Monday, August 23, 2010

Notes From the Teen Magazine: Cattle Calls

When I worked at a teen magazine, I sat across from the bookings editor, meaning the person who picks the models to be in the magazine. I've met bookings editors ranging from le cool to le crazy; we got lucky in that ours was a vibrant, hilarious, down-to-earth woman who suffers no delusions about what her job is: to evaluate young women on their beauty. She would talk to them to make sure they're not just a pretty face, yes, but a pretty face is what we were after.

The unending parade of beauties--the gawky Eastern European Svetlanas crouching in the elevator putting on eyeshadow furtively; the Florida types who, I shit you not, are never able to follow the path of signs we've laid out that clearly say MODELS: THIS WAY TO THE BOOKINGS EDITOR; the delicate-boned Asian girls, always here for beauty shots, never fashion; the surfer boys with their highlighted hair and blue, blue eyes against their tanned skin--is crushing and breathlessly hopeful enough to make me glad that no matter what internal temper tantrums I may throw about my own beauty myths, I was not given a face and body that makes others assume I am only good to be looked at.

The cattle calls are the worst. Every so often I step out of the elevator and am faced with a dozen identical people: one day they will be casting a net for razor-cheekboned, long-haired blondes; the next it will be pale-skinned, near-Gothic beauties. I've heard that actors are faced with this all the time during callbacks--they're after a type, you are a type, everyone else in the final running is your type too. I remember going to a party once at which somehow nearly everyone there was a semi-curvy moon-faced brunette with pale skin and dark eyes, wearing jeans and a tank top--I felt instantly comfortable but also a little weirded out, like I was in some sort of Being John Malkvitch scenario, surrounded by images of myself. To have that be your profession seems unbearable: I am like you, but I need to be better than you to fatten my portfolio. I admit I get a sick little pleasure out of the occasional cattle call for guys--who am I to complain about finding myself in the middle of a swarm of incredibly good-looking men?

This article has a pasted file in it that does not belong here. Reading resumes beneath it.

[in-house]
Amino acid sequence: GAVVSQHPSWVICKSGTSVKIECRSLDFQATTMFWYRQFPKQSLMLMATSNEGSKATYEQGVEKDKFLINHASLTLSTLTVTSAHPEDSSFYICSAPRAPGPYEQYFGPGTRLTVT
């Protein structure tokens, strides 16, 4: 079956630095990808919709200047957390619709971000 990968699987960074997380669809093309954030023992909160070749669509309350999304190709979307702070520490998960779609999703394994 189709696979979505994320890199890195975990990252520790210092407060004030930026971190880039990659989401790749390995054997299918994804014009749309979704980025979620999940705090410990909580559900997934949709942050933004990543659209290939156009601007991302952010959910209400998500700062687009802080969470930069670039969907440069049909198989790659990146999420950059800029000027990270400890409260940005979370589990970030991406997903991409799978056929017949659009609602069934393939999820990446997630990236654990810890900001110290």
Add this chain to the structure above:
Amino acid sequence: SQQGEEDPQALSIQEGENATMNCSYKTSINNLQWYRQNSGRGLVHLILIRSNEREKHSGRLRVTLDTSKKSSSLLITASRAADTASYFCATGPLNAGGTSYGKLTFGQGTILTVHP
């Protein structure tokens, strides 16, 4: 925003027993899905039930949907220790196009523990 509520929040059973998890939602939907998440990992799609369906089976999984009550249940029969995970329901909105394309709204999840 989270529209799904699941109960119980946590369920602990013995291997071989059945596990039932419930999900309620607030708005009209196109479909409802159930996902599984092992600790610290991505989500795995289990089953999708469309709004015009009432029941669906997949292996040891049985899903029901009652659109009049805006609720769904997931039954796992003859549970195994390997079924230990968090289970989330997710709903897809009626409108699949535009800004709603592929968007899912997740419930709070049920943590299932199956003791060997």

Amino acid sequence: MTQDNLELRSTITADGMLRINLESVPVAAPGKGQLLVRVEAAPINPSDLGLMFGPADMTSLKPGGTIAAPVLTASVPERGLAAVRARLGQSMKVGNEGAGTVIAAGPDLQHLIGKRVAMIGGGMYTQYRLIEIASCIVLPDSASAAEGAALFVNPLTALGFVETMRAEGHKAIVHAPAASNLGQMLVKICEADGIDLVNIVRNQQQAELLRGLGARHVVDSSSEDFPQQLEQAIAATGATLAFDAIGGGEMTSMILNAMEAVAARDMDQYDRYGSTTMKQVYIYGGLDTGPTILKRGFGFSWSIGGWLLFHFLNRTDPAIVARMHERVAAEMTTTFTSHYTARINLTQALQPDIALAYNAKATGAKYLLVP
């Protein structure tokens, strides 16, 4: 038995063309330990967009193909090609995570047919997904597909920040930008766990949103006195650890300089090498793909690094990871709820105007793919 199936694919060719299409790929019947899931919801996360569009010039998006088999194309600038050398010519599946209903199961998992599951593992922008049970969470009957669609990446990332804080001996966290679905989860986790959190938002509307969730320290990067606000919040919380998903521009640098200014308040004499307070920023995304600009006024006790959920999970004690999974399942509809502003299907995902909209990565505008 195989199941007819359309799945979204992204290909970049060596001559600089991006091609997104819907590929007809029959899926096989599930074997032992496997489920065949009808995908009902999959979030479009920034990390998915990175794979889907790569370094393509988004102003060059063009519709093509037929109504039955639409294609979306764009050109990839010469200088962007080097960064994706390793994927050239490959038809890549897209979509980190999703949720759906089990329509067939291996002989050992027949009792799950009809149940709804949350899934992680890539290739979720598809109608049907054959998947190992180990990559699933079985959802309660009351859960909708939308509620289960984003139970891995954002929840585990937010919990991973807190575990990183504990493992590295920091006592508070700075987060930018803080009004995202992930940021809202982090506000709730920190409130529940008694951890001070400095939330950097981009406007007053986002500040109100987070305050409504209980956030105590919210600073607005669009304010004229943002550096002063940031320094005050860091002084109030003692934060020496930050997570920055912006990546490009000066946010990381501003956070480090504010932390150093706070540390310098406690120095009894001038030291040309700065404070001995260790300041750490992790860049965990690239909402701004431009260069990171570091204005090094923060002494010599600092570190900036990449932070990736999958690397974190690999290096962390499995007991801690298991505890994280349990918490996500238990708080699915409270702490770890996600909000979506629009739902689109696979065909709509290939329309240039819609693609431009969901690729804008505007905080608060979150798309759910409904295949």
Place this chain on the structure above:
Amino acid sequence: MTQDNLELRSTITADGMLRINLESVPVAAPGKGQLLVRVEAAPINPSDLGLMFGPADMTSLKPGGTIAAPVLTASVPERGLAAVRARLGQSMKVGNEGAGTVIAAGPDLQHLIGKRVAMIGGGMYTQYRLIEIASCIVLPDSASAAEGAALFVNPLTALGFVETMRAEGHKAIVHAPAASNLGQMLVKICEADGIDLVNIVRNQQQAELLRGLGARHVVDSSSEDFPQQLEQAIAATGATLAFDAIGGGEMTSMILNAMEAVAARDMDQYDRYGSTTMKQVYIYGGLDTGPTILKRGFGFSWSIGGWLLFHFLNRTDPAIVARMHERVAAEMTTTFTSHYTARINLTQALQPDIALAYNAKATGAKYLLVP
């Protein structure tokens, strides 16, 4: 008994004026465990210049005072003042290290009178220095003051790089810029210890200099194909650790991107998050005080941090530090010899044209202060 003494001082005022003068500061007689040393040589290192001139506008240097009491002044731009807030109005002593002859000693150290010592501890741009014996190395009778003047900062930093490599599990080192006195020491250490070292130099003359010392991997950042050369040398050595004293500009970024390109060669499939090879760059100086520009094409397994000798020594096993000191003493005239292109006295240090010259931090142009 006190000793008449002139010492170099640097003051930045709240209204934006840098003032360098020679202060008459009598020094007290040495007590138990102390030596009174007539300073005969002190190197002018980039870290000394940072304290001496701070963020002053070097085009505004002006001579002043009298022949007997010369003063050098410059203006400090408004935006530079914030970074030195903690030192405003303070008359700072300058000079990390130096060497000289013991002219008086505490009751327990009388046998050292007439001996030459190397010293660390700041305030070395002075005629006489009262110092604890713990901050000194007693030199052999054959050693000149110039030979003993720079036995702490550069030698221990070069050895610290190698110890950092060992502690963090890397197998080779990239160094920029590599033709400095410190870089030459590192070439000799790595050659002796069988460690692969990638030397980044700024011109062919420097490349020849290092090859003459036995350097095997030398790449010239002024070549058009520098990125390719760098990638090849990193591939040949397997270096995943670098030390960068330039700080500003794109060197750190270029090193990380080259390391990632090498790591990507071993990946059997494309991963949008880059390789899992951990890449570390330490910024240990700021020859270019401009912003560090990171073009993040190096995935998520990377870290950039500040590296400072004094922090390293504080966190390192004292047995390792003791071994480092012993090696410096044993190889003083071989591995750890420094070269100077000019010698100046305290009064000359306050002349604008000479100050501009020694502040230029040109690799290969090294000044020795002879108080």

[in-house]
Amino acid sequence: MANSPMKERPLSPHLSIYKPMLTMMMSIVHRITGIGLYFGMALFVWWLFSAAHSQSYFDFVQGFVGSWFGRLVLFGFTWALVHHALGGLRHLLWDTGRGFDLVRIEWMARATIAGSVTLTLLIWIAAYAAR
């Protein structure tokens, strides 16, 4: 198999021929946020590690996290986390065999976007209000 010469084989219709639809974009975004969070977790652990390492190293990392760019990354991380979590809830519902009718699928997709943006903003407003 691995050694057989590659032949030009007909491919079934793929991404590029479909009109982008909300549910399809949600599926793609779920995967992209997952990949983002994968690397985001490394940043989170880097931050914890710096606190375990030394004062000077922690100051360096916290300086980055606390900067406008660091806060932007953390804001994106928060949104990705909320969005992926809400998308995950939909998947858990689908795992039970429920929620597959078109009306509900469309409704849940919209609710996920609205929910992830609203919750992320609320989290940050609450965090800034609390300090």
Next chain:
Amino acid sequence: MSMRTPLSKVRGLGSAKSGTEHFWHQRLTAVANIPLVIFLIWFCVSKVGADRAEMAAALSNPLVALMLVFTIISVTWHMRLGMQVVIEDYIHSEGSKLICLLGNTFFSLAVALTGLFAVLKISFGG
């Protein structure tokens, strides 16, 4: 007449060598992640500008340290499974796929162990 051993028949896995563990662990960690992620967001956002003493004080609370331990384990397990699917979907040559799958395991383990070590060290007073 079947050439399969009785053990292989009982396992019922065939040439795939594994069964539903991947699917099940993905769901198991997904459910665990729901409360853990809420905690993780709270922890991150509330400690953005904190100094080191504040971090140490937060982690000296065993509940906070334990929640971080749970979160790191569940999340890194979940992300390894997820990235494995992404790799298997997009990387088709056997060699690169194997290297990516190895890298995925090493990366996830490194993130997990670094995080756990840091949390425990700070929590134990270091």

They're all looking at you, too. Models are paid to be looked at. Their sense of gaze is different than those of us who are not stared at all day by a team of people examining you for stray hairs, shiny cheeks, smeared lips. The boys, the girls, they stare at you when exit the elevator, when you're walking down the catwalk-halls. I am not particularly insecure about what they see when they look at me, but I do wonder what they see. Are they seeing stray hairs, shiny cheeks, smeared lips? Are they evaluating my symmetry? Are they looking for themselves?

The Beheld

My best friend's bookshelf holds three copies of The Beauty Myth. "Three feminists under 40 in the same apartment?" she said when I asked why. "Please."

There are gender-related issues that are ultimately more important to western women's lives in their ability to devastate. Access to birth control; domestic violence; inequality in the workplace; child care; the mommy track. When you open the doors to the rest of the world, the problems compound: no access to education; acceptance of sexual violence; lack of control over one's reproduction and body.

But no gender-based issue touches more women daily than beauty.

The Beauty Myth taught me why beauty should matter to feminists; it armed me with useful rhetoric and allowed me to make the crucial the-personal-is-political connection that I hadn't gotten with other feminist issues. I was 15 when I first read Naomi Wolf's book: Reproductive-rights concerns seemed light-years away, I had been told by everyone around me that I could do anything (even be President!). Reading stories about how women couldn't get credit cards in their own name--I believed it, of course, but I didn't know it. But reading The Beauty Myth, I began to understand why beauty seemed so incredibly important to me, beyond simply wanting to look pretty. It gave voice to why I shrank under the threat of male appraisal, why I was willing to spend my hard-earned baby-sitting dollars on creams making a rainbow of promises, the panic I felt when I'd see a less-than-flattering photograph of myself. It legitimized the swamp of emotions I felt in regards to beauty every day of my life.

I want this blog to be about beauty--beauty in all its forms, but focusing on the personal beauty of women. Experiences of beauty, perceptions of beauty, theories on beauty. I wish for it to allow for the complexities inherent to the topic, and wish for the voices of people who think about and work with beauty to be heard.

While men's relationship to beauty is similarly complex, I wish to focus on women. We are the ones whose relationship to beauty cannot be ignored. We are the ones who cannot pretend that it does not matter. We are the ones who are categorized, daily, as beautiful, or not-beautiful, or beautiful-in-a-weird-way. We are the beheld.